Some wonderful typography from The Wisconsin Central Lines, back in the day.
From the same era on the other side of the pond, Croydon, South Loondon, 1892:
I wrote a pretty long post on what I’m trying to do with my Invitation and Repair project and how the movie From Up on Poppy Hill clarifies and focuses my task. Thanks to Robin Sloan for pointing me to that lovely film.
Over at the Hog Blog, I wrote about attentional norms and Zoom.
[Hans] Jenny was simply helping us grasp the oldest lore of creation myths — where matter is formed by deities and demiurges by means of of their world-making songs. We encounter this story everywhere in the world — Hindu accounts telling of Shiva’s world-making drum, or Australian Aboriginal narratives describing the musical origins of the landscape (even today the pathways in that region of the world are called songlines), or Biblical passages proclaiming the formative Logos. In the early days of Western philosophy, Pythagoras was known to pick up a stone and tell his followers: “This is frozen music.”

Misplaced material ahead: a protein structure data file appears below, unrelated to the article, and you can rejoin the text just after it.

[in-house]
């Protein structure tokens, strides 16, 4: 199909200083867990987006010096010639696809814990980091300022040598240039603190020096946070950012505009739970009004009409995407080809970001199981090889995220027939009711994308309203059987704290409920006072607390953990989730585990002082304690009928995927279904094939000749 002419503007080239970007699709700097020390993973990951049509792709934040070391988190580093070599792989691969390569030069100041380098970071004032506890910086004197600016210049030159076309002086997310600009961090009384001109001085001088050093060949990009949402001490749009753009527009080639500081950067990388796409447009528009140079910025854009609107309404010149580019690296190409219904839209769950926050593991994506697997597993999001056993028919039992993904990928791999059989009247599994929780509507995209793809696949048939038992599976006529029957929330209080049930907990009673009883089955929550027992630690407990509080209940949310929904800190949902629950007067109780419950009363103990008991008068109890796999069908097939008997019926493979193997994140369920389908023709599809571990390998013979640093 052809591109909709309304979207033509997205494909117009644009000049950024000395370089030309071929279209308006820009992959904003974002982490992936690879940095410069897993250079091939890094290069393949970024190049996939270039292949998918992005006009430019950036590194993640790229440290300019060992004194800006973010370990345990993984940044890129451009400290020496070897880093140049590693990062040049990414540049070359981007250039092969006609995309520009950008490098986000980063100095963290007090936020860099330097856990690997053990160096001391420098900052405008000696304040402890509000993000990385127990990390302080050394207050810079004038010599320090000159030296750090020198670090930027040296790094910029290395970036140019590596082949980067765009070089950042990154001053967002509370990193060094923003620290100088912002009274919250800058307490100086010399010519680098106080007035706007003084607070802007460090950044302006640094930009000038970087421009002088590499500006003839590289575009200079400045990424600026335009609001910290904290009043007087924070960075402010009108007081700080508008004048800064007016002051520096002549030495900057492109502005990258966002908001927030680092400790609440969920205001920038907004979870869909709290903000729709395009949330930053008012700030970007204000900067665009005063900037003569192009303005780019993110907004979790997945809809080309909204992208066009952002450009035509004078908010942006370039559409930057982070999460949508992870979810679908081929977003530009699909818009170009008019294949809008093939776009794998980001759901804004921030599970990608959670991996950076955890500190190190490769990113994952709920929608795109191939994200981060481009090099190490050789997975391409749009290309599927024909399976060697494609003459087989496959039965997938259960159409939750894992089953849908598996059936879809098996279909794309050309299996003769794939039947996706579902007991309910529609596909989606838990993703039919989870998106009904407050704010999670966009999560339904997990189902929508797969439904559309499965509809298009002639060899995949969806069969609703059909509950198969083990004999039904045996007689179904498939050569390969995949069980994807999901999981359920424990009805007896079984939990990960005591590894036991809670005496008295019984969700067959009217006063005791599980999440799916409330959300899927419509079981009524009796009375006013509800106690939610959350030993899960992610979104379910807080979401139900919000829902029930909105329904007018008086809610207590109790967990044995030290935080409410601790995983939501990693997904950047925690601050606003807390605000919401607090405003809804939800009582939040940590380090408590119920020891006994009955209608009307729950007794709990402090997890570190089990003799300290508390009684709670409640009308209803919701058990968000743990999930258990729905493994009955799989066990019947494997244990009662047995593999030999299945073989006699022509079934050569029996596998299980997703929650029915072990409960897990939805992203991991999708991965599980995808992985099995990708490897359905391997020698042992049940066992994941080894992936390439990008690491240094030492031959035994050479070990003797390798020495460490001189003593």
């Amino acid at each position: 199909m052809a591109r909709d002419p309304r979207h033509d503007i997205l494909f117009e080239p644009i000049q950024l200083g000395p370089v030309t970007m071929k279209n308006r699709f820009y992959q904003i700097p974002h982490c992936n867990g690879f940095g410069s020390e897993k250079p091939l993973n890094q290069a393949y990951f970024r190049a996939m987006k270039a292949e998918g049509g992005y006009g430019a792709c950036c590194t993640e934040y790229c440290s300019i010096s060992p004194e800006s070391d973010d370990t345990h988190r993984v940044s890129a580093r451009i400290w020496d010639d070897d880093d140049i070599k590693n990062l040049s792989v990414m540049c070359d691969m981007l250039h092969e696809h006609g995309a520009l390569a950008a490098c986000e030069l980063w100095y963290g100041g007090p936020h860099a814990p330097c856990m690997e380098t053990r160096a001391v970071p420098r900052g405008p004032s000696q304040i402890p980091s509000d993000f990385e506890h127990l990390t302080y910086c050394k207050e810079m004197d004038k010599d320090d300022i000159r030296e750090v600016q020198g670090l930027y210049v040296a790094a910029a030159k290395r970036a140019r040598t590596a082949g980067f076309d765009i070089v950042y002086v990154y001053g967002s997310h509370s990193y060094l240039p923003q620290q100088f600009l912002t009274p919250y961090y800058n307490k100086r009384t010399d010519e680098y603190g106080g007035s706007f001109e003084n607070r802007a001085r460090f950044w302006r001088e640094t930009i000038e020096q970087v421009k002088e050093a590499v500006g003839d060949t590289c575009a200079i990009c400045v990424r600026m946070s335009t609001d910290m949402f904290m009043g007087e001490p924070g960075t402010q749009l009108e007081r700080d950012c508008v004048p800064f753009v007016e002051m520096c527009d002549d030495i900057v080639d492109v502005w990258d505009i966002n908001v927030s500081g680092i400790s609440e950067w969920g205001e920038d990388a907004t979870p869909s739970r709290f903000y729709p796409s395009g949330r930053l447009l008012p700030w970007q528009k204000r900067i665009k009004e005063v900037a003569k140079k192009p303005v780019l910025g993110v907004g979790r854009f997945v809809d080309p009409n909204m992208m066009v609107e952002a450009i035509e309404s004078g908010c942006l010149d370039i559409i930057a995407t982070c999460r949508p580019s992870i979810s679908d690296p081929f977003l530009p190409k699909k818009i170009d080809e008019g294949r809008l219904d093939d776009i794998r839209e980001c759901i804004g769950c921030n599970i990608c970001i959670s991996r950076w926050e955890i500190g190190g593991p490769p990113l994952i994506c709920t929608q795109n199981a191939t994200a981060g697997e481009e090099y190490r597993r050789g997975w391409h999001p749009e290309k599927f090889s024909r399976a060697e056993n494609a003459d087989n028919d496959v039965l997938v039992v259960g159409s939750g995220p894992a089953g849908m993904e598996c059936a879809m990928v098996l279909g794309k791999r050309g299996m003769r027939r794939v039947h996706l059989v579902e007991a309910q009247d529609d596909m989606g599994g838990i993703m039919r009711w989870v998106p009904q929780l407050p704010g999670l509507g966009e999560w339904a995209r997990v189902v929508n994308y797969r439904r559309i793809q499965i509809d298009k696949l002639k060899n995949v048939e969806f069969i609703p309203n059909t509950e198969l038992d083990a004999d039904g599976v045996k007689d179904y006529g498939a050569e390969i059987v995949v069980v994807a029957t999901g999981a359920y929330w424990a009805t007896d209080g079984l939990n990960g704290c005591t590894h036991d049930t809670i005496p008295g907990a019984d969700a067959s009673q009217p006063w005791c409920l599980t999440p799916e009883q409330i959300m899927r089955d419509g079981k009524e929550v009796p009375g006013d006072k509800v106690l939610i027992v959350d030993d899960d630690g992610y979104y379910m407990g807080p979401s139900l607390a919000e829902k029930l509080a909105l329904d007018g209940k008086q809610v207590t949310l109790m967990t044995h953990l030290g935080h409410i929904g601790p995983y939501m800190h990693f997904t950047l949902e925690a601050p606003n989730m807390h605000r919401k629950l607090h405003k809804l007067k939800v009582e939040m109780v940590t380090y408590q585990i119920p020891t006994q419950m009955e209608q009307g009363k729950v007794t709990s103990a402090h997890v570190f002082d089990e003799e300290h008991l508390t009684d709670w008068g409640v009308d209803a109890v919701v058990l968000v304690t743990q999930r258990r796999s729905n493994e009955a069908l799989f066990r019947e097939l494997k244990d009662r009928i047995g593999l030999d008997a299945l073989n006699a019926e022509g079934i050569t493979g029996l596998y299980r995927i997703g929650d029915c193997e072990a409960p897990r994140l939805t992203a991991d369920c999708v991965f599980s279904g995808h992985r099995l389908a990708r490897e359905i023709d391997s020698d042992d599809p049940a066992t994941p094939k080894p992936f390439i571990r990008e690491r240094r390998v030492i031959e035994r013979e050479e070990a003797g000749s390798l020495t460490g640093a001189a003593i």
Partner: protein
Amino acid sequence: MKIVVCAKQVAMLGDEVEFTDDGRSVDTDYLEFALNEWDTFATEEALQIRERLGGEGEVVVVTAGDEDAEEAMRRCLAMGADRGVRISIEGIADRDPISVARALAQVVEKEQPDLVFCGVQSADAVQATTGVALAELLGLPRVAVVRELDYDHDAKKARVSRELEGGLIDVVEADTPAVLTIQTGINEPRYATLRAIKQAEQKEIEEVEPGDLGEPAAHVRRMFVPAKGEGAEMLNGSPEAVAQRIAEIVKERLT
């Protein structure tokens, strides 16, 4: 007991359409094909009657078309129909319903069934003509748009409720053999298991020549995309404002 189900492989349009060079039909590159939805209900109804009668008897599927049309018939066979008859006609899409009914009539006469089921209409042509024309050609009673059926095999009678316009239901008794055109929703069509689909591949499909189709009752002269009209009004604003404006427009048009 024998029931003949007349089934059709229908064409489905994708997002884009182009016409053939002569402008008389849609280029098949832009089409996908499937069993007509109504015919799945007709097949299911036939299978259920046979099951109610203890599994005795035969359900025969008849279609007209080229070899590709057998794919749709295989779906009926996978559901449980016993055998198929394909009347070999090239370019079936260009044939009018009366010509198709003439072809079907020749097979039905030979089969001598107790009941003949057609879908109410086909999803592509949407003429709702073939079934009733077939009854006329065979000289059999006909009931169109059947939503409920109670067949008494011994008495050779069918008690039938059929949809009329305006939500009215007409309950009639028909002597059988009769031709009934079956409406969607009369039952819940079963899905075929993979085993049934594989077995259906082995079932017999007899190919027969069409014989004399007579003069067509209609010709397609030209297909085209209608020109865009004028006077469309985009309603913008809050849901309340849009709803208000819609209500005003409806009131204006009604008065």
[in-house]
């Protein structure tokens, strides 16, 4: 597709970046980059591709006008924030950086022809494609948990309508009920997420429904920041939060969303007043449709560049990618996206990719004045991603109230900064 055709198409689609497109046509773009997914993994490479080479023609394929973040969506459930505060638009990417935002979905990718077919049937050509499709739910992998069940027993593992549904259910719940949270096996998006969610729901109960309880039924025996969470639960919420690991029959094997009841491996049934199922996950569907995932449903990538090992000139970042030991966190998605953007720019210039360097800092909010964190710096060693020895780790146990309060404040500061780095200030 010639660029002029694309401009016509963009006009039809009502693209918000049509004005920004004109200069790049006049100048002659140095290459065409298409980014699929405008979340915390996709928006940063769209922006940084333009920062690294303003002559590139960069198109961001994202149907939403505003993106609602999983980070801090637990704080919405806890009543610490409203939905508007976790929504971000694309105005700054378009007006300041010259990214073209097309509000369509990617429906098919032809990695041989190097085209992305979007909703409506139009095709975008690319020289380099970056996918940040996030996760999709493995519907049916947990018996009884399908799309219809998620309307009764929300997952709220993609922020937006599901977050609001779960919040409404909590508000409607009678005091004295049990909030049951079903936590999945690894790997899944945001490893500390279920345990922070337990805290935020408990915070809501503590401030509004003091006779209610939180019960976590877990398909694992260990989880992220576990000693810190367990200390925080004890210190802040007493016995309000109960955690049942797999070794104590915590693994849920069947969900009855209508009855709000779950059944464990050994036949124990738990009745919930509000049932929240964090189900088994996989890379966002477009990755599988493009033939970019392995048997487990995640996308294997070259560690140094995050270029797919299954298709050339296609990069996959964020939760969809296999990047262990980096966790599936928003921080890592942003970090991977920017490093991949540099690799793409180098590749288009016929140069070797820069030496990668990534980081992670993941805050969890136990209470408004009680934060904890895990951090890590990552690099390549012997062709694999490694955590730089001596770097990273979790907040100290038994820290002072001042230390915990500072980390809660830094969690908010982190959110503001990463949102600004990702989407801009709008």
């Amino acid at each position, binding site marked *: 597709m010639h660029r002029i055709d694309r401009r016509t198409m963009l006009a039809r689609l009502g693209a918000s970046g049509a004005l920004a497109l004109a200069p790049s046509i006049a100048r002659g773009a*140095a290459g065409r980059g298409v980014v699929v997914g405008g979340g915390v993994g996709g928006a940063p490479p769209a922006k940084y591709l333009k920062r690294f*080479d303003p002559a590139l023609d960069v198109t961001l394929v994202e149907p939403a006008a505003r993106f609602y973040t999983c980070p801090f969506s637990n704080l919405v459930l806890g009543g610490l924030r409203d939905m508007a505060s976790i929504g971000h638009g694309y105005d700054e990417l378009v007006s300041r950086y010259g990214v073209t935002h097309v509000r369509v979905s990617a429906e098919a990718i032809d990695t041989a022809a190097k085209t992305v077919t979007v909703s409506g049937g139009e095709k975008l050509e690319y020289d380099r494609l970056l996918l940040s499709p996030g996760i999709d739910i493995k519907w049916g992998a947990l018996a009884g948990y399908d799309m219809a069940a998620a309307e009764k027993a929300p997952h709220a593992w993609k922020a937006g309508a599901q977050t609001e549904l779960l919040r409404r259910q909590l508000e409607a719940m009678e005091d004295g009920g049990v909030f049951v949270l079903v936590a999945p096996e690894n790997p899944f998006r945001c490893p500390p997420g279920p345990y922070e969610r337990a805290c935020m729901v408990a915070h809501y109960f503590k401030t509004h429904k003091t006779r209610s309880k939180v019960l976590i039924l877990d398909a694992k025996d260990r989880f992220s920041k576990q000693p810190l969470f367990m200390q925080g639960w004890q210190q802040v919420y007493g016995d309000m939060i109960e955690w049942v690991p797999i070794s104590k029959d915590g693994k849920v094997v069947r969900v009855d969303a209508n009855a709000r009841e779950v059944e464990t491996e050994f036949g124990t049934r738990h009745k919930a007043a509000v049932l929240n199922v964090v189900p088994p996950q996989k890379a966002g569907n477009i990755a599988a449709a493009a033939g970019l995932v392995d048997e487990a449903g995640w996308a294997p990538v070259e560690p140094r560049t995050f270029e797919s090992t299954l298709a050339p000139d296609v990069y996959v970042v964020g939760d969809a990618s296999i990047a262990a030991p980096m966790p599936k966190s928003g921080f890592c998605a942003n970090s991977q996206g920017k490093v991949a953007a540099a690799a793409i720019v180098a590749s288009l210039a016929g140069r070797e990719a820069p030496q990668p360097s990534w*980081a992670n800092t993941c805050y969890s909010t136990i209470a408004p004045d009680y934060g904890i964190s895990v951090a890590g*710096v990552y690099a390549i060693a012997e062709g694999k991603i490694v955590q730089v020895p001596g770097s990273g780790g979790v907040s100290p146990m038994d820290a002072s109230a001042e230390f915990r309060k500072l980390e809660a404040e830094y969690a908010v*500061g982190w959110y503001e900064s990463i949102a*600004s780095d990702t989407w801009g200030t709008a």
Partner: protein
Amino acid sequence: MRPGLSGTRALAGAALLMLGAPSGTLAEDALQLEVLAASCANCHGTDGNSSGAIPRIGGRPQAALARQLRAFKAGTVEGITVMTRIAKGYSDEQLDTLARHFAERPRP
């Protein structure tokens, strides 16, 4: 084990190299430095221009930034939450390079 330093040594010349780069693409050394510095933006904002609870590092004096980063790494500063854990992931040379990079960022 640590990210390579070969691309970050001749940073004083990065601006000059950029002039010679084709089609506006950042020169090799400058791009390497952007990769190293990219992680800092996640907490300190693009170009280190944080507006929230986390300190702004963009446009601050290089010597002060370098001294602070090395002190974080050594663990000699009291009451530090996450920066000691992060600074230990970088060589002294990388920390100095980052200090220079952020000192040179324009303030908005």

Jenny did not invent any of these belief systems, but he gave them a scientific bearing and an empirical reality they had never possessed before. It was almost as if all the grand claims of world-making music, found in virtually every ancient scriptural tradition, had now been translated into the language and clinical practice of science.
And Jenny documented his work on film. The surviving images and clips are so awe-inspiring that you can almost forget this is laboratory research, and believe you have entered the realm of abstract art of the highest purity and intensity. And, in a way, you have. Jenny created a bridge between the two cultures, scientific and humanistic, or a pathway from the left brain to the right brain. Describe it however you will, he forged connections between worldviews that typically exist isolated one from the other.
Y’all have heard me praise the Church of England’s Daily Prayer podcast and app. Well, not long ago one service of Morning Prayer struck me as summing up the whole of what the Christian faith is all about in twenty minutes.
A recipe for portable soup – a comestible that will be familiar to all who have read Patrick O’Brian’s magnificent Aubrey-Maturin books.
My friend Richard Gibson has directed me to a 17th-century book of “satirical essays” called Abuses stript, and whipt, by one George Wyther. Wyther dedicates the book …: “To him-selfe, G. W. wisheth all hapinesse.” I’m sure the dedicatee was very pleased and honored.
I’ve been listening to the music for viol consort written by a 17th-century english composer named John Jenkins. After his death, a friend wrote,
he was certainly a happy person, … of an easy temper, superior in his profession, well accepted by all, knew no want, saw himself outrun by the world, and having lived a good Christian, died in peace.
This is the obituary I aspire to.